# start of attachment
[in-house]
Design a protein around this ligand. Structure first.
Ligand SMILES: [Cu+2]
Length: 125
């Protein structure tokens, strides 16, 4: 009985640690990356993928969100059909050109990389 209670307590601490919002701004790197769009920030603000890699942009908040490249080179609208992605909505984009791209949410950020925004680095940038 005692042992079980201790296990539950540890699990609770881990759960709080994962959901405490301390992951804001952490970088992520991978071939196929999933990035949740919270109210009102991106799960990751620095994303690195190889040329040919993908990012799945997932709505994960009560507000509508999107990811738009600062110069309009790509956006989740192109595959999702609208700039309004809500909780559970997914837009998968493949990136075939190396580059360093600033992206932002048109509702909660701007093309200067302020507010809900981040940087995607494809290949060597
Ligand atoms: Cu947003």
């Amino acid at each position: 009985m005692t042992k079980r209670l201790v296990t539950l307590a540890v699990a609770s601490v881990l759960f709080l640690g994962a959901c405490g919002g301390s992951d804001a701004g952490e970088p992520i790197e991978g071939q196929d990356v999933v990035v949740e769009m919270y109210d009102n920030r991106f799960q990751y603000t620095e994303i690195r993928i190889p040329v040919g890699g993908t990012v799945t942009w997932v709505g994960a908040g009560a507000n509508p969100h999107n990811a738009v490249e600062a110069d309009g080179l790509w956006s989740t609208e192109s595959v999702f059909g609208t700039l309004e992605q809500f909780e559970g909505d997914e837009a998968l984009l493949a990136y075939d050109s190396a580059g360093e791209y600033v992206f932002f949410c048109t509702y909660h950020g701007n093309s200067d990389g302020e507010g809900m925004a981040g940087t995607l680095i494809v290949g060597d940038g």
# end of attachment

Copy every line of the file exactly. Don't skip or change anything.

[in-house]
Design a protein around this ligand. Structure first.
Ligand SMILES: [Cu+2]
Length: 125
């Protein structure tokens, strides 16, 4: 009985640690990356993928969100059909050109990389 209670307590601490919002701004790197769009920030603000890699942009908040490249080179609208992605909505984009791209949410950020925004680095940038 005692042992079980201790296990539950540890699990609770881990759960709080994962959901405490301390992951804001952490970088992520991978071939196929999933990035949740919270109210009102991106799960990751620095994303690195190889040329040919993908990012799945997932709505994960009560507000509508999107990811738009600062110069309009790509956006989740192109595959999702609208700039309004809500909780559970997914837009998968493949990136075939190396580059360093600033992206932002048109509702909660701007093309200067302020507010809900981040940087995607494809290949060597
Ligand atoms: Cu947003």
């Amino acid at each position: 009985m005692t042992k079980r209670l201790v296990t539950l307590a540890v699990a609770s601490v881990l759960f709080l640690g994962a959901c405490g919002g301390s992951d804001a701004g952490e970088p992520i790197e991978g071939q196929d990356v999933v990035v949740e769009m919270y109210d009102n920030r991106f799960q990751y603000t620095e994303i690195r993928i190889p040329v040919g890699g993908t990012v799945t942009w997932v709505g994960a908040g009560a507000n509508p969100h999107n990811a738009v490249e600062a110069d309009g080179l790509w956006s989740t609208e192109s595959v999702f059909g609208t700039l309004e992605q809500f909780e559970g909505d997914e837009a998968l984009l493949a990136y075939d050109s190396a580059g360093e791209y600033v992206f932002f949410c048109t509702y909660h950020g701007n093309s200067d990389g302020e507010g809900m925004a981040g940087t995607l680095i494809v290949g060597d940038g």